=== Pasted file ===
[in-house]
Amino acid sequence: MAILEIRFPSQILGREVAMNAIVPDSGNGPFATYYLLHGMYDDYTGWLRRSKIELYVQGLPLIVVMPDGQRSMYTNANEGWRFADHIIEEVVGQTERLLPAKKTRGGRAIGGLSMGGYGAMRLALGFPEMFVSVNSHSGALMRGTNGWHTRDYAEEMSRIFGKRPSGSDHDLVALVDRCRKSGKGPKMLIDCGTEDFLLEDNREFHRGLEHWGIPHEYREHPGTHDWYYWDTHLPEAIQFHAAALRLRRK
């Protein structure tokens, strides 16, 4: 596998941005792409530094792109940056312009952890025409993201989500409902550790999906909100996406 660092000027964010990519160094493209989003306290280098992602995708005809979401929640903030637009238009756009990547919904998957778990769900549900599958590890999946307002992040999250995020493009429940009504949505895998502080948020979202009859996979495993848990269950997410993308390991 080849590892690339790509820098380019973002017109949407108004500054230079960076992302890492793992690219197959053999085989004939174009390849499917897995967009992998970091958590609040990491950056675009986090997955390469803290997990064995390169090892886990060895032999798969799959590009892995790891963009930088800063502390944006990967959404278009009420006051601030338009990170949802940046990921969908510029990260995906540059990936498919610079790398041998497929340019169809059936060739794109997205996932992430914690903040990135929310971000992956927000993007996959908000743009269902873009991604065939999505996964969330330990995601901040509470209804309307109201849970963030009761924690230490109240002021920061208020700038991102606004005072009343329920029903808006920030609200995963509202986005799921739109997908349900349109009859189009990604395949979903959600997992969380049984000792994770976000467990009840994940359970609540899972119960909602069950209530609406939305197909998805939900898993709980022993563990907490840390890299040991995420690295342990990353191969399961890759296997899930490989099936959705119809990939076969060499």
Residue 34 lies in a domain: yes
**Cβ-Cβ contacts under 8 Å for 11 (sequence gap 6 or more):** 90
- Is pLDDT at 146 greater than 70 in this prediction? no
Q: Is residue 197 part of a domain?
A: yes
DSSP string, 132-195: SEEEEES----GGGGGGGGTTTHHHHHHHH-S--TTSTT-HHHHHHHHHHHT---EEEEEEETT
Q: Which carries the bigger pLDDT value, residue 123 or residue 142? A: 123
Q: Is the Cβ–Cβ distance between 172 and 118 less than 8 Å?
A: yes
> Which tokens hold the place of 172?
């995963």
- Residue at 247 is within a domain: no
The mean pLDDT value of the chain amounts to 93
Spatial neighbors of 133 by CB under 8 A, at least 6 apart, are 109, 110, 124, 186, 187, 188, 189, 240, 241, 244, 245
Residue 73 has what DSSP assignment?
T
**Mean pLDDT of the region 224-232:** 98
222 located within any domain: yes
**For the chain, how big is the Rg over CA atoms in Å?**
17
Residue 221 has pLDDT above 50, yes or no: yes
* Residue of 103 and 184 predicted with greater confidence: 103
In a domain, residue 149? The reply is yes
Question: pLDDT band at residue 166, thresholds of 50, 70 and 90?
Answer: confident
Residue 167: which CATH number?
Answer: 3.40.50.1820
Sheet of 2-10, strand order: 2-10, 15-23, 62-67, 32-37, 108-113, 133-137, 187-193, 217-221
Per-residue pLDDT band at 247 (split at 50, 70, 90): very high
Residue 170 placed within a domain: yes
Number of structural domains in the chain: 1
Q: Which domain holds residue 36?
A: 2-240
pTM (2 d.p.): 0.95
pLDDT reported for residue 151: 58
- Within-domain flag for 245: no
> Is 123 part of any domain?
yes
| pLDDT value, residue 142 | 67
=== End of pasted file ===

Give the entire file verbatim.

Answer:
[in-house]
Amino acid sequence: MAILEIRFPSQILGREVAMNAIVPDSGNGPFATYYLLHGMYDDYTGWLRRSKIELYVQGLPLIVVMPDGQRSMYTNANEGWRFADHIIEEVVGQTERLLPAKKTRGGRAIGGLSMGGYGAMRLALGFPEMFVSVNSHSGALMRGTNGWHTRDYAEEMSRIFGKRPSGSDHDLVALVDRCRKSGKGPKMLIDCGTEDFLLEDNREFHRGLEHWGIPHEYREHPGTHDWYYWDTHLPEAIQFHAAALRLRRK
């Protein structure tokens, strides 16, 4: 596998941005792409530094792109940056312009952890025409993201989500409902550790999906909100996406 660092000027964010990519160094493209989003306290280098992602995708005809979401929640903030637009238009756009990547919904998957778990769900549900599958590890999946307002992040999250995020493009429940009504949505895998502080948020979202009859996979495993848990269950997410993308390991 080849590892690339790509820098380019973002017109949407108004500054230079960076992302890492793992690219197959053999085989004939174009390849499917897995967009992998970091958590609040990491950056675009986090997955390469803290997990064995390169090892886990060895032999798969799959590009892995790891963009930088800063502390944006990967959404278009009420006051601030338009990170949802940046990921969908510029990260995906540059990936498919610079790398041998497929340019169809059936060739794109997205996932992430914690903040990135929310971000992956927000993007996959908000743009269902873009991604065939999505996964969330330990995601901040509470209804309307109201849970963030009761924690230490109240002021920061208020700038991102606004005072009343329920029903808006920030609200995963509202986005799921739109997908349900349109009859189009990604395949979903959600997992969380049984000792994770976000467990009840994940359970609540899972119960909602069950209530609406939305197909998805939900898993709980022993563990907490840390890299040991995420690295342990990353191969399961890759296997899930490989099936959705119809990939076969060499």
Residue 34 lies in a domain: yes
**Cβ-Cβ contacts under 8 Å for 11 (sequence gap 6 or more):** 90
- Is pLDDT at 146 greater than 70 in this prediction? no
Q: Is residue 197 part of a domain?
A: yes
DSSP string, 132-195: SEEEEES----GGGGGGGGTTTHHHHHHHH-S--TTSTT-HHHHHHHHHHHT---EEEEEEETT
Q: Which carries the bigger pLDDT value, residue 123 or residue 142? A: 123
Q: Is the Cβ–Cβ distance between 172 and 118 less than 8 Å?
A: yes
> Which tokens hold the place of 172?
């995963």
- Residue at 247 is within a domain: no
The mean pLDDT value of the chain amounts to 93
Spatial neighbors of 133 by CB under 8 A, at least 6 apart, are 109, 110, 124, 186, 187, 188, 189, 240, 241, 244, 245
Residue 73 has what DSSP assignment?
T
**Mean pLDDT of the region 224-232:** 98
222 located within any domain: yes
**For the chain, how big is the Rg over CA atoms in Å?**
17
Residue 221 has pLDDT above 50, yes or no: yes
* Residue of 103 and 184 predicted with greater confidence: 103
In a domain, residue 149? The reply is yes
Question: pLDDT band at residue 166, thresholds of 50, 70 and 90?
Answer: confident
Residue 167: which CATH number?
Answer: 3.40.50.1820
Sheet of 2-10, strand order: 2-10, 15-23, 62-67, 32-37, 108-113, 133-137, 187-193, 217-221
Per-residue pLDDT band at 247 (split at 50, 70, 90): very high
Residue 170 placed within a domain: yes
Number of structural domains in the chain: 1
Q: Which domain holds residue 36?
A: 2-240
pTM (2 d.p.): 0.95
pLDDT reported for residue 151: 58
- Within-domain flag for 245: no
> Is 123 part of any domain?
yes
| pLDDT value, residue 142 | 67